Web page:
Dee Byrne's music has been inspired by the likes of Ornette Coleman and John Coltrane as well as a philosophical fascination with the universe and a love of language.  The name of her band, Entropi, is the European spelling of a word that defines a lack of order and predictability while the title of MoonMot's album, Going Down The Well, is in the same vein, implying a journey into the unknown and taking risks.  All the tracks on the album have both composition and improvisation; two tracks are composed by Byrne, two by Kuster and one each from all the other band members.  Having played at the BeJazz Transnational Showcase in 2019, the jury described MoonMot's performance as ".... characterised by its dense, energetic front line. Earthy ostinatos and wild, often free collective improvisations permeate this music, which brings a large portion of punk attitude. Fender Rhodes and electronics form welcome splashes of colour and also create a calmer, more expansive sound, with frequent dialogue between the front line and rhythm section. This empathetic, refreshingly radical group convinces with their great commitment and exploration of political themes."  

The audaciousness of the music is reflected in the track titles such as Threnody For The English Polity, Sonata d'Alouatta (alouatta is a howler monkey, rather than alouette, the skylark), and Brimbore (something in Swiss German that defies translation).  While this is a new band, the members of it are very experienced; both Dee Byrne and Cath Roberts have received great reviews for the their own bands Entropi and Sloth Racket respectively;  Seth Bennett and Johnny Hunter have both played in Sloth Racket for at least four years, while both Simon Petermann and Oli Kuster are band leaders, composers and educators in their own right in Switzerland.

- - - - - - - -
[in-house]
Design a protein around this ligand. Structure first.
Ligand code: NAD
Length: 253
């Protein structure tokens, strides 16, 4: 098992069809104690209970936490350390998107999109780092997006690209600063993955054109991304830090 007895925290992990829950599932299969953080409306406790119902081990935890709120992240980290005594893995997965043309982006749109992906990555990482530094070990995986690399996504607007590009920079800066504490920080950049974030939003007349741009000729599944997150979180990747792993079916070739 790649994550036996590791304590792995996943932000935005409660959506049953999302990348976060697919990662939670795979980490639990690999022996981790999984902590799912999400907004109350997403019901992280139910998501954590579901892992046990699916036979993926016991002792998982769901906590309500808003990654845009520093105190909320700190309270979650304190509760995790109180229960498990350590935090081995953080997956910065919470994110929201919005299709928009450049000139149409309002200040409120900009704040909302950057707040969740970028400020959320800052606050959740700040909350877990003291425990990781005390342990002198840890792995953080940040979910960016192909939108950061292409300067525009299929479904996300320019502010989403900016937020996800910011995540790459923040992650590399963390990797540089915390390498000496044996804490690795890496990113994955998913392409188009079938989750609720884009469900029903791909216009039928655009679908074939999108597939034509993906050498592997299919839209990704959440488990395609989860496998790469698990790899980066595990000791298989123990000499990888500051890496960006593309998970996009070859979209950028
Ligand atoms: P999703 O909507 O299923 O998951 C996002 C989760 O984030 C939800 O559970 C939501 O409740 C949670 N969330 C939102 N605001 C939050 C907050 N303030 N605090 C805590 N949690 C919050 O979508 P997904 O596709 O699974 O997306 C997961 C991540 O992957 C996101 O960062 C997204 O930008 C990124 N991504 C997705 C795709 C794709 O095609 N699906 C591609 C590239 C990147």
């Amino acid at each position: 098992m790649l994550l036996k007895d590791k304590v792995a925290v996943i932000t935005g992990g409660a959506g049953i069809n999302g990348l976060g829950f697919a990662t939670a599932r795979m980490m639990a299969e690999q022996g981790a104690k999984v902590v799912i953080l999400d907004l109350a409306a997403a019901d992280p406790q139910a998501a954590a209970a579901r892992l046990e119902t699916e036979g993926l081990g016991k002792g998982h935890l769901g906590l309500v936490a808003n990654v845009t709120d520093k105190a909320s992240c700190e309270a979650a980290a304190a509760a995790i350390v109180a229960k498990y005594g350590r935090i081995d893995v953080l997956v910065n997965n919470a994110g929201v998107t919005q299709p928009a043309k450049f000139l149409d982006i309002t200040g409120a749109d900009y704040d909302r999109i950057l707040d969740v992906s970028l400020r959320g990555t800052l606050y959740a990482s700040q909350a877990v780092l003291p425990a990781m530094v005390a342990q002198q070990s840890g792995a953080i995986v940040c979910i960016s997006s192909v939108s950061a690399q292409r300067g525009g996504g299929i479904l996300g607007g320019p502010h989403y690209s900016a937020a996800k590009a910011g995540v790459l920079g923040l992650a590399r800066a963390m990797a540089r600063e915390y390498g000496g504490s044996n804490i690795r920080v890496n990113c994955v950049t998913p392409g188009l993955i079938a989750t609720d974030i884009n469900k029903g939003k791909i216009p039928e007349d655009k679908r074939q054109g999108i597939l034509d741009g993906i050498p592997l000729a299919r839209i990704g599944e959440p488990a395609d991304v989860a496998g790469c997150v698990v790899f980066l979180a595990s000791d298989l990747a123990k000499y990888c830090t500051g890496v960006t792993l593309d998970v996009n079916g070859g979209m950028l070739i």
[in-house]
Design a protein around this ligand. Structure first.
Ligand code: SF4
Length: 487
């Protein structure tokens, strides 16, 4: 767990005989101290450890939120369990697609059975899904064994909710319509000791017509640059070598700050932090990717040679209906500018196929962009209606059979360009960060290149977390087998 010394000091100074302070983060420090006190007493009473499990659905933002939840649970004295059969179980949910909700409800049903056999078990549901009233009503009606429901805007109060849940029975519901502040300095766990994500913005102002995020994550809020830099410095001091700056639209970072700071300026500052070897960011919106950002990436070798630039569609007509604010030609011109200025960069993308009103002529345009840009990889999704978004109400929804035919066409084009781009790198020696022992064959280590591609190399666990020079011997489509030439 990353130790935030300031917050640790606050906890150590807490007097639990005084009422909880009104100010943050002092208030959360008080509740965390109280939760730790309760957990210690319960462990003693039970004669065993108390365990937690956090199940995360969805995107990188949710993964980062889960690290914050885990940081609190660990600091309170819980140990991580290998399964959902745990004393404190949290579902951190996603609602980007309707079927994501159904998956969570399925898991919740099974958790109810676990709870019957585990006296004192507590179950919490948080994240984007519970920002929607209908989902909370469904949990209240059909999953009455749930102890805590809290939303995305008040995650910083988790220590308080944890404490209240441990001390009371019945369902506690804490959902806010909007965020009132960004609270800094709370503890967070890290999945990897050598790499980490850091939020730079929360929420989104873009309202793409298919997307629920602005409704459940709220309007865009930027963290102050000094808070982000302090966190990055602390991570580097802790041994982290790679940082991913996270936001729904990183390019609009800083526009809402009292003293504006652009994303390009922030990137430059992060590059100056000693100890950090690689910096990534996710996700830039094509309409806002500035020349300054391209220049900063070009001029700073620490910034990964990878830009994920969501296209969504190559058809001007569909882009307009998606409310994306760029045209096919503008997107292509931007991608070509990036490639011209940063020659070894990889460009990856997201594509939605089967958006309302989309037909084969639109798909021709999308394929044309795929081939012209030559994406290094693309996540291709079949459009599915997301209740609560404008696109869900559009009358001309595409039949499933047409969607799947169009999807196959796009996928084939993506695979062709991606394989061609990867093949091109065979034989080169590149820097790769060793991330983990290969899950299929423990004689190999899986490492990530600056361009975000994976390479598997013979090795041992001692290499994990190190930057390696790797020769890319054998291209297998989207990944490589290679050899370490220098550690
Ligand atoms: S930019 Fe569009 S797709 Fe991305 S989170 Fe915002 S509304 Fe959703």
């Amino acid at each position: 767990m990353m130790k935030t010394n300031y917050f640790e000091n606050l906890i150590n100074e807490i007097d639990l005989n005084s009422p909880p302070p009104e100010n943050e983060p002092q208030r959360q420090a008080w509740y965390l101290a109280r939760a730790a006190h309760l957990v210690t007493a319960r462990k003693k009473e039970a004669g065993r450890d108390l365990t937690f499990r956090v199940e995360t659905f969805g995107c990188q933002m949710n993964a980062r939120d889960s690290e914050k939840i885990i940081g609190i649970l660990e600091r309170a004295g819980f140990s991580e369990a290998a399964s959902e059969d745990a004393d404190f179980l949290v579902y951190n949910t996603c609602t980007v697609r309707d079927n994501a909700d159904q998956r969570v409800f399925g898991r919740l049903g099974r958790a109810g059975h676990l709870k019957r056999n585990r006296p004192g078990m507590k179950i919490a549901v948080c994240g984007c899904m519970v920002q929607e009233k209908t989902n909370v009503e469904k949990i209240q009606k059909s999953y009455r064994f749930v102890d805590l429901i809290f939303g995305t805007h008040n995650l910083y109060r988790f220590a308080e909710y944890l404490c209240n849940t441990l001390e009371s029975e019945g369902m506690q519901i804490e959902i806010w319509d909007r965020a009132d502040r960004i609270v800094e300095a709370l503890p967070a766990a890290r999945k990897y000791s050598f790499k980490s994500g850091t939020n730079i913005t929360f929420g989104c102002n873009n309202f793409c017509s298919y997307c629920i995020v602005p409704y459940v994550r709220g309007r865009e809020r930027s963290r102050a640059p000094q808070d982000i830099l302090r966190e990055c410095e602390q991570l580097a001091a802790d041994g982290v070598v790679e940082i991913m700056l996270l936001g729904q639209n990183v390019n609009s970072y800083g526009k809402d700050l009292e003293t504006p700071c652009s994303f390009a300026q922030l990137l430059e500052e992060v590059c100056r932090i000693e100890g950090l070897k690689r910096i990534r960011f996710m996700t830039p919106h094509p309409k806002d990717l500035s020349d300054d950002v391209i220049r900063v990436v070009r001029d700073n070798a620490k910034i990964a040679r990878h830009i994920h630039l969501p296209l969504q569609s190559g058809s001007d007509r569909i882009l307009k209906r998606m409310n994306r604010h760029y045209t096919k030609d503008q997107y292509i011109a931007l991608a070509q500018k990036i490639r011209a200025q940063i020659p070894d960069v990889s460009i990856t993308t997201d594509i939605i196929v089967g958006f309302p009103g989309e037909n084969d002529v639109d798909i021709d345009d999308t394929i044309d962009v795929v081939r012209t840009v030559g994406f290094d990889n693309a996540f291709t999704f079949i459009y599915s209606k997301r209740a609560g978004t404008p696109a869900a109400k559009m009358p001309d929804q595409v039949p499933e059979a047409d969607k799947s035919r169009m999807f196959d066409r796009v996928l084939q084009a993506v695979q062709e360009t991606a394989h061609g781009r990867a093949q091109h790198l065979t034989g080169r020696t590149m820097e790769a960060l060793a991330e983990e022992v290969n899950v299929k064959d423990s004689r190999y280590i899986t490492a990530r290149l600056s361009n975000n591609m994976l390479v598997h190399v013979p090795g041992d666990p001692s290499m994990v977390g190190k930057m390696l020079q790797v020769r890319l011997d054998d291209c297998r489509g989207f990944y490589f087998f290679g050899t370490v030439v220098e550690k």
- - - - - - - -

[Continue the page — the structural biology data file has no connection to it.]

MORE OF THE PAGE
Listen to Brimbore.




The title track begins with baritone sax laying down a repeated phrase that reminds the listener of Mussorgsky's Pictures At An Exhibition and as the track proceeds, a variety of pictures come to mind as the descent into the well continues; eerie alto sax and sounds of water complete the impression of damp and darkness. 


Listen to Going Down The Well.




Track 2 is called 35 and perhaps describes someone's life story. The first part is full of melody with some reflective trombone, but towards the end, following some solo Fender Rhodes, everyone joins in for a frenetic groove before peace and melody descends once more. The next track, Roundabout, contrasts mournful, bowed double bass with bursts of sound from the other instruments before setting off on a lively groove led by drums and everyone else freely improvising as the mood takes them.

The imaginatively titled Threnody For English Polity has a song-like introduction from alto sax before various menacing sounds from the other instruments conspire to spoil the party, and who knows where it is all going to end.  Sonata d'Alouatta is a fun track featuring lots of different combinations of instruments which ends with what sounds like a conversation between a group of alouatta (howler monkeys) while Impossible Made Possible begins with some melodic Fender Rhodes and trombone and transforms into an intense and frenetic alto sax solo backed by a very muscular rhythm section and a strangely curious ending.

Going Down The Well from MoonMot is a really interesting album from a modern group of very thoughtful musicians who combine dramatic free or semi-free improvisation with some lovely melody.  It sometimes seems that free jazz is more for the benefit of the musicians than the audience, an intellectual exercise that is more easily appreciated by trained musicians than the jazz fan, but this album strikes just the right balance between intelligent and adventurous improvisation and music that everyone can enjoy.  It has taken a while for this album to be released, possibly because it is more difficult for international bands to come together, but let's hope it won't be too long before the next one.


Going Down The Well is released on February 14th 2020 - Click here for details and samples. Click here for MoonMot's website.